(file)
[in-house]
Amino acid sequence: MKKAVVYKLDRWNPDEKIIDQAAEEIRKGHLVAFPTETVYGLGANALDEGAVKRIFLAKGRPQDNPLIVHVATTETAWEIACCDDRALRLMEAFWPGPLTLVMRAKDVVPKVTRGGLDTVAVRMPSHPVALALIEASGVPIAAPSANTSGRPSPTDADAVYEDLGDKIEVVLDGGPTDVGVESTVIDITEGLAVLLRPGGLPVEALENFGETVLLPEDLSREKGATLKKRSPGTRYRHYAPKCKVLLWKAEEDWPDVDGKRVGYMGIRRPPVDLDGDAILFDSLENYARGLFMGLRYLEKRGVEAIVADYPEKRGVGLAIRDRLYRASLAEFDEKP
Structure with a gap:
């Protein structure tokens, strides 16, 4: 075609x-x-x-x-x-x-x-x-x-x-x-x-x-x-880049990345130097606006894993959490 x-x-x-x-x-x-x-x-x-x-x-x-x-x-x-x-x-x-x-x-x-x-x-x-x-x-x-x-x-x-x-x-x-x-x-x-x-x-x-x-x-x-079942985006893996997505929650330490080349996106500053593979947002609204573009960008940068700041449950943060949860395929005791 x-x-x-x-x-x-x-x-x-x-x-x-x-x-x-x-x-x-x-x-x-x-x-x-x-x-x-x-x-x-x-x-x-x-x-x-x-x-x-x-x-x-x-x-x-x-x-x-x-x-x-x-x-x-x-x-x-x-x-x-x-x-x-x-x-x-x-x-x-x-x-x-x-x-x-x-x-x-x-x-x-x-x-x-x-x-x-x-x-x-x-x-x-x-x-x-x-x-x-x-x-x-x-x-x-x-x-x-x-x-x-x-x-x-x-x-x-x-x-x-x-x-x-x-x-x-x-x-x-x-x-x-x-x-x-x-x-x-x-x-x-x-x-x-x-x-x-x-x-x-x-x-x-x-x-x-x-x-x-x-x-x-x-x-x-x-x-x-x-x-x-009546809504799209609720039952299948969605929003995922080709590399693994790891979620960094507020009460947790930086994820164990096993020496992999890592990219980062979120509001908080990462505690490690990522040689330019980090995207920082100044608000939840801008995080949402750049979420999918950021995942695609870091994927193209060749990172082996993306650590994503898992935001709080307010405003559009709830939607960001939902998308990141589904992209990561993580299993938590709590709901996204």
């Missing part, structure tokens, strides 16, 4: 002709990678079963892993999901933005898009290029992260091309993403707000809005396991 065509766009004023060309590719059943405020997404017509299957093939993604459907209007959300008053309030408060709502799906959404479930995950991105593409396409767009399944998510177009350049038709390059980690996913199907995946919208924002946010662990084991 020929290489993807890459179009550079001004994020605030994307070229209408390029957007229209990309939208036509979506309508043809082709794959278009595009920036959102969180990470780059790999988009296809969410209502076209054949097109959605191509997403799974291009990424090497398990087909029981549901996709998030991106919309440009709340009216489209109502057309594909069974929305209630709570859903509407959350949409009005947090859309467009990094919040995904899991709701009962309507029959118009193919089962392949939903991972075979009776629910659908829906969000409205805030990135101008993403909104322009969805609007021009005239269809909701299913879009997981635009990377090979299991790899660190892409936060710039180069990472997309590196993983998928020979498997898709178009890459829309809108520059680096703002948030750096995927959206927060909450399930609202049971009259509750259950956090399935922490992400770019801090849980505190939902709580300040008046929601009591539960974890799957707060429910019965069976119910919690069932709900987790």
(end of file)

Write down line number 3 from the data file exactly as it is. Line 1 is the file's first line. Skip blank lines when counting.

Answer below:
Structure with a gap: